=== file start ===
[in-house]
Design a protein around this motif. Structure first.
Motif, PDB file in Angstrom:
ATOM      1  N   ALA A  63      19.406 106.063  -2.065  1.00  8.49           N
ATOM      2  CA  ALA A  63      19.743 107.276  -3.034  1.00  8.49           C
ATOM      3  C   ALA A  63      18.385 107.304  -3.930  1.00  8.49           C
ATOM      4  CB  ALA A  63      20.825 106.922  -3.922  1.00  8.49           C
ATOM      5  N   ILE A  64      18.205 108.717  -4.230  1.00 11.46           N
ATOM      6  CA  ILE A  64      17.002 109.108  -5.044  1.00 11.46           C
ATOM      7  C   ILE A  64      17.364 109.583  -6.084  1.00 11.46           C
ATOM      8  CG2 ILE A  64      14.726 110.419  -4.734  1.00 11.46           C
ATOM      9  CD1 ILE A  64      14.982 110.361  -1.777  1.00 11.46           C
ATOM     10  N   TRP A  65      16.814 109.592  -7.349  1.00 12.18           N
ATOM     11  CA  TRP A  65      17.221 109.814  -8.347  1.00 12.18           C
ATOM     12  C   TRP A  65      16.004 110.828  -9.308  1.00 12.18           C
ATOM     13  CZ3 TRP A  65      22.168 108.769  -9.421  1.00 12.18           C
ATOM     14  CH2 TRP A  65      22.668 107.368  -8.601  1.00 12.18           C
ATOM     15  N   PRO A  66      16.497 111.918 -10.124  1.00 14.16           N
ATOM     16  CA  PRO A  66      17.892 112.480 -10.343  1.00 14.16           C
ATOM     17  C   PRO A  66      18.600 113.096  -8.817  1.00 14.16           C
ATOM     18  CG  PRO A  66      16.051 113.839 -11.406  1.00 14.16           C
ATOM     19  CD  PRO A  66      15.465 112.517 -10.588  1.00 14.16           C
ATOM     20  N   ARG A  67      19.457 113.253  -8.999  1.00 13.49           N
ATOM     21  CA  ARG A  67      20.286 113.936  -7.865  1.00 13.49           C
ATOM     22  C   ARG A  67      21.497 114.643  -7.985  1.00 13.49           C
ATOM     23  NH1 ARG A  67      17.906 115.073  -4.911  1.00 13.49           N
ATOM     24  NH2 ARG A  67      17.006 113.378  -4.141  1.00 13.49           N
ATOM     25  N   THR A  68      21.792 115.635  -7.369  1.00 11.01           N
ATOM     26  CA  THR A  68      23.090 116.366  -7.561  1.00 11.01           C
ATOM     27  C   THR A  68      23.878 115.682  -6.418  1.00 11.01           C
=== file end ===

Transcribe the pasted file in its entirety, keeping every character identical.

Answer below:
[in-house]
Design a protein around this motif. Structure first.
Motif, PDB file in Angstrom:
ATOM      1  N   ALA A  63      19.406 106.063  -2.065  1.00  8.49           N
ATOM      2  CA  ALA A  63      19.743 107.276  -3.034  1.00  8.49           C
ATOM      3  C   ALA A  63      18.385 107.304  -3.930  1.00  8.49           C
ATOM      4  CB  ALA A  63      20.825 106.922  -3.922  1.00  8.49           C
ATOM      5  N   ILE A  64      18.205 108.717  -4.230  1.00 11.46           N
ATOM      6  CA  ILE A  64      17.002 109.108  -5.044  1.00 11.46           C
ATOM      7  C   ILE A  64      17.364 109.583  -6.084  1.00 11.46           C
ATOM      8  CG2 ILE A  64      14.726 110.419  -4.734  1.00 11.46           C
ATOM      9  CD1 ILE A  64      14.982 110.361  -1.777  1.00 11.46           C
ATOM     10  N   TRP A  65      16.814 109.592  -7.349  1.00 12.18           N
ATOM     11  CA  TRP A  65      17.221 109.814  -8.347  1.00 12.18           C
ATOM     12  C   TRP A  65      16.004 110.828  -9.308  1.00 12.18           C
ATOM     13  CZ3 TRP A  65      22.168 108.769  -9.421  1.00 12.18           C
ATOM     14  CH2 TRP A  65      22.668 107.368  -8.601  1.00 12.18           C
ATOM     15  N   PRO A  66      16.497 111.918 -10.124  1.00 14.16           N
ATOM     16  CA  PRO A  66      17.892 112.480 -10.343  1.00 14.16           C
ATOM     17  C   PRO A  66      18.600 113.096  -8.817  1.00 14.16           C
ATOM     18  CG  PRO A  66      16.051 113.839 -11.406  1.00 14.16           C
ATOM     19  CD  PRO A  66      15.465 112.517 -10.588  1.00 14.16           C
ATOM     20  N   ARG A  67      19.457 113.253  -8.999  1.00 13.49           N
ATOM     21  CA  ARG A  67      20.286 113.936  -7.865  1.00 13.49           C
ATOM     22  C   ARG A  67      21.497 114.643  -7.985  1.00 13.49           C
ATOM     23  NH1 ARG A  67      17.906 115.073  -4.911  1.00 13.49           N
ATOM     24  NH2 ARG A  67      17.006 113.378  -4.141  1.00 13.49           N
ATOM     25  N   THR A  68      21.792 115.635  -7.369  1.00 11.01           N
ATOM     26  CA  THR A  68      23.090 116.366  -7.561  1.00 11.01           C
ATOM     27  C   THR A  68      23.878 115.682  -6.418  1.00 11.01           C